Threes company in person
We’ve been wondering lately what it would take to stand shoulder to shoulder among the legions of people so important they refer to themselves in the third person. Once used exclusively by kings, queens, popes and Homey the Clown, users of the royal “we” have branched out recently to include celebrities, NBA players, disgraced CEOs of publicly traded companies, Larry King and the spouses, offspring and defense and/or divorce lawyers of any combination of the aforementioned. Patrons of the royal “we” often bestow an air of eminence upon their real estate holdings by naming them. Donald Trump has historically gone the most obvious route, dubbing nearly all of his properties after himself, using just slight variations for each designation. One of the few Trump belongings lacking his emblem is Mar-A-Lago in Palm Beach, Fla. In that case, however, he most likely forwent the Trump name since the notoriety of the house’s original owner prominent cereal heiress, world-renowned socialite and four-time divorcee Marjorie Merriweather Post bears a striking resemblance to his own (photos of her even indicate a similar comb-over). Other famously named homes include Kyukit, the Rockefeller estate in Westchester County, NY, President George W. Bush’s Crawford, TX, brush clearing getaway Prairie Chapel Ranch (not to mention his primary residence, The White House), Elvis’ Graceland and Green Acres, the Beverly Hills über mansion owned by billionaire financier and FOBHC (Friend of Bill and Hillary Clinton) Ron Burkle. In an interview in The New York Times last weekend, Burkle quoted an associate who referred to Green Acres in the third person. Old money types back East often refer to second homes as “camps,” which, like the Catoctin Mountains-presidential weekend retreat Camp David, usually have names. Boats always have names. The wealthier the yachtsman, the better the chance that the boat is named after the owner’s spouse or kin, the owner’s lifestyle philosophy or the manner in which the owner came into money. In almost all cases, a number immediately follows the boat’s name, usually indicating its place in the owner’s maritime collection. Like The Cynthia Anne IV, Carpe Diem XI or Her Alimony II. And no respectable house or boat name would be complete without its own logo and subsequent private line of clothing and accessories, available only to friends and family. Except in the case of Elvis and Donald Trump, whose collections are also available online.Of course not every important person uses the royal “we” or purposely names their possessions. Like our parents. Their house is not known among our brethren as Casa Cohen, Cohen Castle or even Mom and Dad’s house. Rather, much to our Dad’s dismay, it is invariably referred to by everyone (except Dad) as Mom’s house. Their room is Mom’s room and although Dad sleeps in it, too, the bed in Mom’s room is referred to as hers alone. The only room that everyone agrees to call just Dad’s is the upstairs bathroom.Our husband Rick is a bigger fan of using the first person rather than the second or third. To hear him tell it, everything is generally his or his wife’s. Like when he talks about our marriage ceremony, he says, “The crab cakes at your wedding were the best I’ve ever had, even better than the ones you ate at that restaurant on my honeymoon.” Still, while Rick has yet to embrace the royal “we” way of life, we’re going ahead and jumping on board the house-naming bandwagon anyway. Camp Carroll and Our Lady of Hopkins Avenue are just a few of the possibilities under consideration. Very few people are so important that they don’t bother with “we” they cut straight to “I.” Like Oprah. Through her tone of voice, body language and word selection, she leaves little doubt that outside input is not welcome when she makes decisions, and that her vast fortune was earned using no one’s elbow grease but her own. “Oprah money” has replaced “Monopoly money” as the way to refer to having so much it’s just plain silly.To be sure, newspapers use the royal “we” when writing editorials. Doctors frequently use it with patients to put them at ease when asking deeply personal questions or when performing invasive procedures. Expectant mothers will often proclaim, “we’re pregnant” so as to not make the father-to-be feel as if his presence after conception is unnecessary or unwanted. No one’s quite sure why kindergarten teachers use it as much as they do, especially when they’re not around their students.We’re not sure we’re ready to join the league of the pluralis majestatis just yet, but we are hopeful that with the right blend of ego, luck and infamy, we’ll get there eventually.E-mail questions or comments to firstname.lastname@example.org.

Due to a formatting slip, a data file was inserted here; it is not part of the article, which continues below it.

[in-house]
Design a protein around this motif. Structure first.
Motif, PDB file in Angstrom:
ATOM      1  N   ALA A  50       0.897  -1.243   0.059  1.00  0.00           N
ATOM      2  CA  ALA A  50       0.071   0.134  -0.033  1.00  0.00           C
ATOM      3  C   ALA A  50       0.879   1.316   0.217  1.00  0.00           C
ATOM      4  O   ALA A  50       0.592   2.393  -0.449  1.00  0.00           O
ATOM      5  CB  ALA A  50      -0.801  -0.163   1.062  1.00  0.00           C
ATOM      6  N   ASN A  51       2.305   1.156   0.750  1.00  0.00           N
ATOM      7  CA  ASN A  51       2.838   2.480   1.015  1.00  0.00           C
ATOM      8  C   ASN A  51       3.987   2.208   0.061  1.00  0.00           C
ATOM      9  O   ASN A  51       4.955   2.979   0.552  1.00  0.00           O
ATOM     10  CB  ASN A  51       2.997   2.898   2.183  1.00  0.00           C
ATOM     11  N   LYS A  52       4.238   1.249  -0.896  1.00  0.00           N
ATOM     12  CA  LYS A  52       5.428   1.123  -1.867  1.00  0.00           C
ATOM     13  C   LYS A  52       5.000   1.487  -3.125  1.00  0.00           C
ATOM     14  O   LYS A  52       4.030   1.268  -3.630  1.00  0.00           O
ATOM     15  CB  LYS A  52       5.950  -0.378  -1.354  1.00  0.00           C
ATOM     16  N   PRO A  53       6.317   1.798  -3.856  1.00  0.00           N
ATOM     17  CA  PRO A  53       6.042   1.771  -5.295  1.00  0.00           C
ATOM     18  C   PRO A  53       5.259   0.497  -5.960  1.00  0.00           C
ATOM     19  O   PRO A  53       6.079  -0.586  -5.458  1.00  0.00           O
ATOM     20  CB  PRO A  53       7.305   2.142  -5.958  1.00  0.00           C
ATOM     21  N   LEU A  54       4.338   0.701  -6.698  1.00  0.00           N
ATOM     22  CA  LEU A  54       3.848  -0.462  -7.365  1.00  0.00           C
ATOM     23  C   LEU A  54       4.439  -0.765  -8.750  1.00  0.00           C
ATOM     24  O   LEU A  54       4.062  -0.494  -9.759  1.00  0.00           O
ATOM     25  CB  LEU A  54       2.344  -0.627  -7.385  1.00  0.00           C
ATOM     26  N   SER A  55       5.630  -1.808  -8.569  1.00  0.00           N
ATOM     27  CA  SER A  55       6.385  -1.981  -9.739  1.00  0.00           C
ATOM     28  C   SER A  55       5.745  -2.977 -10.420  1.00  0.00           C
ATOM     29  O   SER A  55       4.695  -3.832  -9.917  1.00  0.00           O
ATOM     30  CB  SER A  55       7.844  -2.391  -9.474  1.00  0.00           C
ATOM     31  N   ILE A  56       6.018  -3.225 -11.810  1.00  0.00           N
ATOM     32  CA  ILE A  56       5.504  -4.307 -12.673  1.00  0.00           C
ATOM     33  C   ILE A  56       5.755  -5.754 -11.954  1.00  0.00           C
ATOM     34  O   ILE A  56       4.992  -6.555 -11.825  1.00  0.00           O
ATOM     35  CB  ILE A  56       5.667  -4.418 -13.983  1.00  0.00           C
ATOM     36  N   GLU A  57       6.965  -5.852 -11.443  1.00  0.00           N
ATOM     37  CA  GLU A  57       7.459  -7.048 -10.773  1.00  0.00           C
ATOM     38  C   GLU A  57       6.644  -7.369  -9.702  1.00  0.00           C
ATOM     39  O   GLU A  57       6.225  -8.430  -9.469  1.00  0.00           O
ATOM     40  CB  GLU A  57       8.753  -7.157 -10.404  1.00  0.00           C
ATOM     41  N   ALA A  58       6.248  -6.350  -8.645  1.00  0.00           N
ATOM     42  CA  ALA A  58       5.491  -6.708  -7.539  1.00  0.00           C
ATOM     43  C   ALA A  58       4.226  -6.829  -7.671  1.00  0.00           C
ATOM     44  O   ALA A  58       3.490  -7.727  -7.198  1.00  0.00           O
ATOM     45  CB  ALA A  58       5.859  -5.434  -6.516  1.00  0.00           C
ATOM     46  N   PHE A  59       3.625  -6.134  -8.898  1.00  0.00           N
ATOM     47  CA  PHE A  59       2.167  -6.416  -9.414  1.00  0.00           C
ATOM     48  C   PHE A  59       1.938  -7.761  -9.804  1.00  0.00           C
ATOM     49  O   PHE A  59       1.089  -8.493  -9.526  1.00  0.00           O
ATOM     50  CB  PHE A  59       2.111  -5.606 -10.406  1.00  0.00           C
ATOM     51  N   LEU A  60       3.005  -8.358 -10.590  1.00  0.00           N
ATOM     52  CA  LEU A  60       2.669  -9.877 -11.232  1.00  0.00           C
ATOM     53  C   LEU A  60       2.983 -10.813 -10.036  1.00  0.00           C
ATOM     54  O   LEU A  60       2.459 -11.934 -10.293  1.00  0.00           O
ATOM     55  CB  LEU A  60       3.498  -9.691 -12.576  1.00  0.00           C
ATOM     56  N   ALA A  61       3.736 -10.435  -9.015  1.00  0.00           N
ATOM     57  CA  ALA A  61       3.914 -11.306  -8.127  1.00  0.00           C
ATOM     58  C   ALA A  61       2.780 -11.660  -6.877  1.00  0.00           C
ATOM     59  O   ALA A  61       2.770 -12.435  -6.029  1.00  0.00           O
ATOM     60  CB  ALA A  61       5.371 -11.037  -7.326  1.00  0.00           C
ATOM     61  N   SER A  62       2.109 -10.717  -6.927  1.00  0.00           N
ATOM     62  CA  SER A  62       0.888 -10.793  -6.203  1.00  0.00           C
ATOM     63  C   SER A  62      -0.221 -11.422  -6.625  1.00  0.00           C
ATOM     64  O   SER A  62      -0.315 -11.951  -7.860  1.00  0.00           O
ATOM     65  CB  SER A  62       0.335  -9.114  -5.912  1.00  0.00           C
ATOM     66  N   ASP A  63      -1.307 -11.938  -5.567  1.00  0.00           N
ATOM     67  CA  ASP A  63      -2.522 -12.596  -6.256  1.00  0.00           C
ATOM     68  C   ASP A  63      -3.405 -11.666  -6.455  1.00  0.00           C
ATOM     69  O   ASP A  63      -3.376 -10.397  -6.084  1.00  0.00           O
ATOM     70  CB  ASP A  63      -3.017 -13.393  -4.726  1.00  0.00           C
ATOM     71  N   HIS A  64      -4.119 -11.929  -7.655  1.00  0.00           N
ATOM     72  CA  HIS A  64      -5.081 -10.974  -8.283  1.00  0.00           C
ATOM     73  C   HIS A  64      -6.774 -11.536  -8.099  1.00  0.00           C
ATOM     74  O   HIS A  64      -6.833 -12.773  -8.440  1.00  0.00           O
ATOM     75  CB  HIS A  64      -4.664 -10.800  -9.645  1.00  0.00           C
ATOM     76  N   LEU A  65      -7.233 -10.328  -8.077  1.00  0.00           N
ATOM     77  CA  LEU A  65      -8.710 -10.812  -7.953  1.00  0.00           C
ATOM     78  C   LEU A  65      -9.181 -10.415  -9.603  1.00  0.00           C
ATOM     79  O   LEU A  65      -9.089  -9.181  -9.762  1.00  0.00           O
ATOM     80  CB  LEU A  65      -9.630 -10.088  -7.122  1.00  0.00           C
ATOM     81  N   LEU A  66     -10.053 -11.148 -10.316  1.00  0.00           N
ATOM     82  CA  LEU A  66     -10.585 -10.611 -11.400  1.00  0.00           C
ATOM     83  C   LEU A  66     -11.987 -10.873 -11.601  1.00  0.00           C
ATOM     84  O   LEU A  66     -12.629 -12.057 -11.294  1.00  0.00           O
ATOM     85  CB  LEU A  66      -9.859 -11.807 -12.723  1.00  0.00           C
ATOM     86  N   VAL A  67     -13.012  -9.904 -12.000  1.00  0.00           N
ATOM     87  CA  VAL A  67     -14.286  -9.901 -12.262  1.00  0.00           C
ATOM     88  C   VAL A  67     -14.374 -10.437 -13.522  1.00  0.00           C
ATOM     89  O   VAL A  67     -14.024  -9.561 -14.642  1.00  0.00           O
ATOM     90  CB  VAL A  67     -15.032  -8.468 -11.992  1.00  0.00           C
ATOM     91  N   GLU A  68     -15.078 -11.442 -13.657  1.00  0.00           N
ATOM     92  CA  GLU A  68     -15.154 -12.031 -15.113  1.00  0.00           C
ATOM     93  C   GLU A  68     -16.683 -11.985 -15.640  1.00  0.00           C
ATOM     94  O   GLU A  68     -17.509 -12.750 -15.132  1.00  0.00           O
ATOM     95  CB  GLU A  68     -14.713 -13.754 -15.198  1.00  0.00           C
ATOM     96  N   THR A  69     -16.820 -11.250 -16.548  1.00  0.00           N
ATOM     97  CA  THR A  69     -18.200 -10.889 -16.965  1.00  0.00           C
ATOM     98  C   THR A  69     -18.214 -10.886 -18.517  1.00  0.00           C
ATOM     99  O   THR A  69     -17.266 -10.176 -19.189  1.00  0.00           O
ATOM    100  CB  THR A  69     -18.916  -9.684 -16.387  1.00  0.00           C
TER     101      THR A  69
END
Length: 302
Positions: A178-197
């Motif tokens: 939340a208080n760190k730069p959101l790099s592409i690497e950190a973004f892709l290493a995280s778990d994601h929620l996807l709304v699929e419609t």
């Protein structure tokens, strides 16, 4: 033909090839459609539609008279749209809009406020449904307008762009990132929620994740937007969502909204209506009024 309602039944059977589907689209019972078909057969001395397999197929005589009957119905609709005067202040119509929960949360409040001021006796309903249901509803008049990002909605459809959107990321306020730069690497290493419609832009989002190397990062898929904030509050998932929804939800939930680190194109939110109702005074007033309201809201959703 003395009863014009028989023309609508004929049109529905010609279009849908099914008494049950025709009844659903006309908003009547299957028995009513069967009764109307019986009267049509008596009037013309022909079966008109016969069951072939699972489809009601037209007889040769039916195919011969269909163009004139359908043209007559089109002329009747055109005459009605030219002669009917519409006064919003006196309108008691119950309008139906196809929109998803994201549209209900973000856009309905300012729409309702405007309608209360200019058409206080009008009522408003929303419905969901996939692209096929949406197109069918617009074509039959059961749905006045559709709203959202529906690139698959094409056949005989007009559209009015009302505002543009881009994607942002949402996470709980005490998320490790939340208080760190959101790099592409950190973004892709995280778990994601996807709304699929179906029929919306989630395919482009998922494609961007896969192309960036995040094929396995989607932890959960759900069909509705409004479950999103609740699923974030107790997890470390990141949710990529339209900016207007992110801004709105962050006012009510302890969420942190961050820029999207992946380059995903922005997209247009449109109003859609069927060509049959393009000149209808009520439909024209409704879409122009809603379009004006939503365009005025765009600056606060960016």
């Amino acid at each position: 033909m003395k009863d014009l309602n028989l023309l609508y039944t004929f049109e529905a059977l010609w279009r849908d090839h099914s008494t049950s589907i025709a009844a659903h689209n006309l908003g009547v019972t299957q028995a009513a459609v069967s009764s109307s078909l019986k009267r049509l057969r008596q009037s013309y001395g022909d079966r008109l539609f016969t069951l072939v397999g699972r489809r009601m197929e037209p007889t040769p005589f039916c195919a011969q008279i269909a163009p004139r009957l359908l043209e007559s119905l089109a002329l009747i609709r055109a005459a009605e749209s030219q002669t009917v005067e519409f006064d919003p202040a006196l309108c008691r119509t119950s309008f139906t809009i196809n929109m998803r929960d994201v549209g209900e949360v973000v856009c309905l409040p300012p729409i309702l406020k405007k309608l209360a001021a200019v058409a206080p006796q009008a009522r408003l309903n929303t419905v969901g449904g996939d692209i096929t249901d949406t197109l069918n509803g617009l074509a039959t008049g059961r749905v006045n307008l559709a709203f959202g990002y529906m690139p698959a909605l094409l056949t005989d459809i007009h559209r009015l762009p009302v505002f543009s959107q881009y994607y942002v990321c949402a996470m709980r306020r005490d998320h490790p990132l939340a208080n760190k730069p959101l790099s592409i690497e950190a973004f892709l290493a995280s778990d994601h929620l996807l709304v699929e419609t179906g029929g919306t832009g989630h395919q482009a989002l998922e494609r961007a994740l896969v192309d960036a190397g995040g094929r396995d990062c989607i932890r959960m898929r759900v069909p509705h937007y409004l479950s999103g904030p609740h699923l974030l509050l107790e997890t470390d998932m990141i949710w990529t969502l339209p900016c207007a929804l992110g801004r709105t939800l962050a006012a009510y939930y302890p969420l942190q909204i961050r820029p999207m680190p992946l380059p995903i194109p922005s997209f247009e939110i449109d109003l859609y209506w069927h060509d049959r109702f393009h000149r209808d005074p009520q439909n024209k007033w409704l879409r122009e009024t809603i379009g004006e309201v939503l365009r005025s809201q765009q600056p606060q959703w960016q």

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Sean Beckwith is taking advantage of his column space this week to inform the public of the Best in Jest.